—Erica Sloan

Hidden Figures

The cultural and historic importance of “Hidden Figures” has been discussed at length. It is a film that tells the true story of three black women—Katherine Goble, Dorothy Vaughan and Mary Jackson—who played an instrumental role in the launching of NASA’s first space missions. It had been a story notoriously ignored by history, until now. Yet an even more rewarding discussion is the fact that the film is given the cinematic treatment it deserves, with a stellar cast, a tightly crafted screenplay and a sensible direction that recognizes the enormous value of this story. It’s an important accomplishment, given that past Hollywood films dealing with racism have been overtly sensationalized and glossy. “Hidden Figures” has already made history by topping the box office two weekends in a row, becoming the first film with three black female leads to accomplish such feat. Although the film’s source is magnificent enough, the astronomical performances by Taraji P. Henson, Janelle Monae and Octavia Spencer transform the film into a deeply emotional, uproarious and meaningful ride.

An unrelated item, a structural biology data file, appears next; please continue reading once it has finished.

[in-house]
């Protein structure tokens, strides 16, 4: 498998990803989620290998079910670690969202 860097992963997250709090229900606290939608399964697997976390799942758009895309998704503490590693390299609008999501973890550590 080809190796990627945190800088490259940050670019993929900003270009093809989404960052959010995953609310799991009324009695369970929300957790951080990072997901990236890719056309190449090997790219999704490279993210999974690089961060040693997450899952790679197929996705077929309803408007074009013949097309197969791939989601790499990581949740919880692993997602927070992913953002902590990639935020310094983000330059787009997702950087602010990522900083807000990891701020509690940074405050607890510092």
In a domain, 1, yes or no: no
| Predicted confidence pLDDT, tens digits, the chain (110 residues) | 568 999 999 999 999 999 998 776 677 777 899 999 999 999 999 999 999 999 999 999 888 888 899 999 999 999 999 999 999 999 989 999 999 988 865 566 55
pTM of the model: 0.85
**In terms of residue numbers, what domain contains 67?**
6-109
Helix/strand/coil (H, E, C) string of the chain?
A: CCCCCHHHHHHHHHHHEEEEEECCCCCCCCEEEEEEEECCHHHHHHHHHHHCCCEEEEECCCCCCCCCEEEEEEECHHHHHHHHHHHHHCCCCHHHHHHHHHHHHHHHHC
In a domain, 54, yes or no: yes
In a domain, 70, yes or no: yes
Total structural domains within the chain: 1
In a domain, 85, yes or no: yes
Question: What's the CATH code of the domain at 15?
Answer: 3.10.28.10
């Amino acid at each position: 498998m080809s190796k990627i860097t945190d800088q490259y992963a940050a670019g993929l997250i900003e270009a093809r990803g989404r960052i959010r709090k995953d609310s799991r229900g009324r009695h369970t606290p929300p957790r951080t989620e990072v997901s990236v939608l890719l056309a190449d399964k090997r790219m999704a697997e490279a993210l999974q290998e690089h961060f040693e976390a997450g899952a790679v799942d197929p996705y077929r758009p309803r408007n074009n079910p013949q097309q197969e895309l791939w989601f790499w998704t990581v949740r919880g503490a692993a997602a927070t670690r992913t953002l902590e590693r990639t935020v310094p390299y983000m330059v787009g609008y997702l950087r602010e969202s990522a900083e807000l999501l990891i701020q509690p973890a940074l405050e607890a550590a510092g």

—Alberto De La Rosa

A Monster Calls

Adapted from a children’s novel, “A Monster Calls” tells the story of a boy whose mother is dying of cancer. The boy struggles to cope by acting out and dreaming of a tree monster, who tells him three stories that ultimately prepare him to deal with the fate of his mother. It’s a beautiful movie—dark, raw and unflinching in its portrayal of suffering, but with splashes of gorgeous watercolor animations during the monster’s stories. I took my mother, who battled cancer when I was 16, to see the film with me. Obviously, we cried well into the credits, but we left feeling incredibly grateful that the movie exists to help some family out there better understand and cope with a tragedy like this.
—Katarina Schultz

Manchester by the Sea

Warning: Be prepared for a tearjerker. The contents of this movie are deeply personal and pull its audience into a complex story that unveils piece by piece on the big screen. Telling the story of an uncle who takes custody of his nephew after the boy’s father dies, “Manchester by the Sea” serves as a cornerstone example of human struggle and imperfection, appearing all the more moving through its display of grieving characters and the strength and humility with which they go about life. The beautiful solitude and realism of the movie’s visuals on where and how these individuals live evoke an even stronger emotional response. “Manchester by the Sea” has received several Oscar nominations and an enormous 96 percent on Rotten Tomatoes.